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					                          Parts of
                          speech

                                This presentation is full of facts and
                                activities to help you to revise the ‘parts
                                of speech’.
                                In speaking, reading and writing you
                                need to use the correct ‘parts of speech’
                                for your words to make sense and to be
                                understood.

The eight key parts of speech are: nouns, pronouns, verbs,
adjectives, adverbs, prepositions, conjunctions, and interjections.
These are sometimes referred to as ‘word classes’.

                                    Please click here
                   Parts of speech
     adjectives                     nouns                     verbs
                                 pronouns                imperative
                                                           verbs
                             proper nouns                 adverbs
                                collective
                                  nouns
      preposition               conjunction               interjection

You will need a pen and some lined paper. Please click on a link to view the part
of speech that you would like to study.
                         adjectives
  Adjectives are describing words that usually come before a noun
  (the name of a person, place or thing).

  Adjectives can describe a look, a mood or even a character.

Examples:
The old house had a lovely garden.

It was a cold day.
                                                       Click here for an
The beautiful dress cost £400!                         activity

The grumpy teenager stamped her feet.

The lazy man never did any work.
                                                Click here to return to the main
                                                page ‘parts of speech’
Click here for the                                                             Click for a printable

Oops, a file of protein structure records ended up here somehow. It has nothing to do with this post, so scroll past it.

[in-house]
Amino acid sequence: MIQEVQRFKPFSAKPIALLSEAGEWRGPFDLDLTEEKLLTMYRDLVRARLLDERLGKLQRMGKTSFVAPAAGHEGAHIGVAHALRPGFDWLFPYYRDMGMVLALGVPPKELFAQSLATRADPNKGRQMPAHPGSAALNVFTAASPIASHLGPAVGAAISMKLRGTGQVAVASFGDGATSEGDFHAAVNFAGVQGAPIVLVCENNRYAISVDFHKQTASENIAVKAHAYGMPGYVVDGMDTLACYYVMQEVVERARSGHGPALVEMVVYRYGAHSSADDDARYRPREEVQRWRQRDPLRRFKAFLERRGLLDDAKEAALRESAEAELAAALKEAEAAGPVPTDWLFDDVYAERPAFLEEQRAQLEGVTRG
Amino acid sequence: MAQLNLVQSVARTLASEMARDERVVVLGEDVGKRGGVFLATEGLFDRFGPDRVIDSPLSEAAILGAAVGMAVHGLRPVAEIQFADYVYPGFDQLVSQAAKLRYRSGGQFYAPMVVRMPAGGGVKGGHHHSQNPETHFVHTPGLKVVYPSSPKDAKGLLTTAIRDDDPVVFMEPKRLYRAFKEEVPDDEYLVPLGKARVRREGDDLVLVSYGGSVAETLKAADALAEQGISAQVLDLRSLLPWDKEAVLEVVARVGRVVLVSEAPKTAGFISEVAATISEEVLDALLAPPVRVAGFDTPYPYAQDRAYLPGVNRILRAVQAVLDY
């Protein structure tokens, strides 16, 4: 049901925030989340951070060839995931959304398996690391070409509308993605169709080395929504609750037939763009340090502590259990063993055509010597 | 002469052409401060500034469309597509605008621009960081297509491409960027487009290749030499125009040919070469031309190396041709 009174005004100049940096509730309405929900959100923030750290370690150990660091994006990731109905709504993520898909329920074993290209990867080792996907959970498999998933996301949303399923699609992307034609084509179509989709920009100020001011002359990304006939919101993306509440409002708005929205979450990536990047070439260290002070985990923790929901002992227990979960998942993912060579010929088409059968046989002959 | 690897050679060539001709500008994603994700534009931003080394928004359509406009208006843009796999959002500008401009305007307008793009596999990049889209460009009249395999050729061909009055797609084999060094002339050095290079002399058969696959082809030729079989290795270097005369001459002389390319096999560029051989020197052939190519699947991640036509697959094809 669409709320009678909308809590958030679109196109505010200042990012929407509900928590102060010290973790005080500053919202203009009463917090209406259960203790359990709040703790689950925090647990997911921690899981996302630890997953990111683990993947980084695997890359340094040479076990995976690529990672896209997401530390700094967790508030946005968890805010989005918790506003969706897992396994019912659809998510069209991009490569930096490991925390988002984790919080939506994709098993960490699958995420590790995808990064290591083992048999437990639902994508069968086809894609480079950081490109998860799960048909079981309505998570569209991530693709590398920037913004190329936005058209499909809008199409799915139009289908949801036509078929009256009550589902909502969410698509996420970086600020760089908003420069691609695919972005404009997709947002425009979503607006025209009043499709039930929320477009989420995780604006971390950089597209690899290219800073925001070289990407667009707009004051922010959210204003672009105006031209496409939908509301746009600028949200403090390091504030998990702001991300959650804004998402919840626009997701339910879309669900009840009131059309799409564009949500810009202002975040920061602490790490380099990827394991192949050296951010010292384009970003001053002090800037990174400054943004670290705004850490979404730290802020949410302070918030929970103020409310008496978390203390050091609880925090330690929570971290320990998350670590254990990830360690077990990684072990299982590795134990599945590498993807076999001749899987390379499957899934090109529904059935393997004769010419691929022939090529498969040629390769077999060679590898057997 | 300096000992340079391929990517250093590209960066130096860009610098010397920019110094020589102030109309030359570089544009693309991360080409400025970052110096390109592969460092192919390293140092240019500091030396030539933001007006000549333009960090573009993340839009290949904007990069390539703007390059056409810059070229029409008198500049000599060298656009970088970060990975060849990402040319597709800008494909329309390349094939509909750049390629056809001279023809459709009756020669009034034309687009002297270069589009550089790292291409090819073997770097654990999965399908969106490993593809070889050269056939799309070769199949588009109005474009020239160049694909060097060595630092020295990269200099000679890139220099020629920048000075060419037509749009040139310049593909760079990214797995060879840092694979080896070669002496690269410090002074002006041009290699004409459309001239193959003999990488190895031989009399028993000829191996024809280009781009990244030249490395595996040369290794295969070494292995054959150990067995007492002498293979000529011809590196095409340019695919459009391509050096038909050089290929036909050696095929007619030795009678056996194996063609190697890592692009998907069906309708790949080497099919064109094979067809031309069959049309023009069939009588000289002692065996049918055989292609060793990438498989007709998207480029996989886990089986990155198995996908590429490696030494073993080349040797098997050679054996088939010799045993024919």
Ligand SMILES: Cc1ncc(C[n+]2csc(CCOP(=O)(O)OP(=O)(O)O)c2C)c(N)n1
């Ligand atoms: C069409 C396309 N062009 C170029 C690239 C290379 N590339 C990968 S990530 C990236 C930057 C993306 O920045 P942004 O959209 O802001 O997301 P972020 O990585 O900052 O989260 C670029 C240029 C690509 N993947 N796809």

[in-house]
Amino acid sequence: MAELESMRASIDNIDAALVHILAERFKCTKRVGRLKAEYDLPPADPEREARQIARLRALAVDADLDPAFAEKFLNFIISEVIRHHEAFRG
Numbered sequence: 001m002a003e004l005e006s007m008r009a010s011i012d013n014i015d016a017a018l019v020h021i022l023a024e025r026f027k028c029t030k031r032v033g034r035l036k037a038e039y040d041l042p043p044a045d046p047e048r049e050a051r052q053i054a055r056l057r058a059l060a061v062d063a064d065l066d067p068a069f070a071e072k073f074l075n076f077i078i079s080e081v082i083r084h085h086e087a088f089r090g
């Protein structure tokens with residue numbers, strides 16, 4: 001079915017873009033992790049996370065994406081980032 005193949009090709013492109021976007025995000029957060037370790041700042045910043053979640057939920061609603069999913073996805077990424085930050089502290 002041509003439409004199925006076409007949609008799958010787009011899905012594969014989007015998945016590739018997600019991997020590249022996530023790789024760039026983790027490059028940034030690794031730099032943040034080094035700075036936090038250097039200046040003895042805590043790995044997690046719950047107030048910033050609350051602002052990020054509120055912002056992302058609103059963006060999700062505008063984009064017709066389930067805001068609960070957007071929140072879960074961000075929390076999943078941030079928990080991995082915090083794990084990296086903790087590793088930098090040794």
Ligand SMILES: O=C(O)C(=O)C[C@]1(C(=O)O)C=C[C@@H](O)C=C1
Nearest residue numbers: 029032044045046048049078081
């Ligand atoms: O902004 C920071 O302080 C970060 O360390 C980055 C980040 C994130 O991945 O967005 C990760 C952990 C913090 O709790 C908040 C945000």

answers                                                                        version
                              adjectives activity
    Task: re-write these sentences replacing the underlined word with
    the most fitting word from the box below (or your own word) to
    make these descriptive sentences more interesting.

    1. Leeds is a nice city with a good night life.
    2. Park Lane College is a good college with nice students.
    3. Returning to study is a nice thing to do.
    4. It can be nice to be able to sit and chat with friends.
    5. It can be nice to go for long walks in the summer.


    relaxing   pleasant       brilliant   vibrant     friendly   challenging
    hard-working     clever     fantastic    lively     rewarding

                                                            You can look up words using an
       Click here to return to the main                     online dictionary such as
       page ‘parts of speech’                               www.askoxford.com
                                                       Click here to return to the main page ‘parts of speech’


                    adjectives activity – type, print page & check.

Write an adjective in the boxes to make the
writing more interesting.


Salina thinks that George is a                   man. She likes to spend time with

George because of his                      personality. She thinks he is a

friend.



George likes Salina because she is a                        person. She makes him laugh.

George likes to watch                   movies with Salina, so that they have something

                    to talk about over dinner.




Adjectives you might use:     action   mean             kind      documentary          brilliant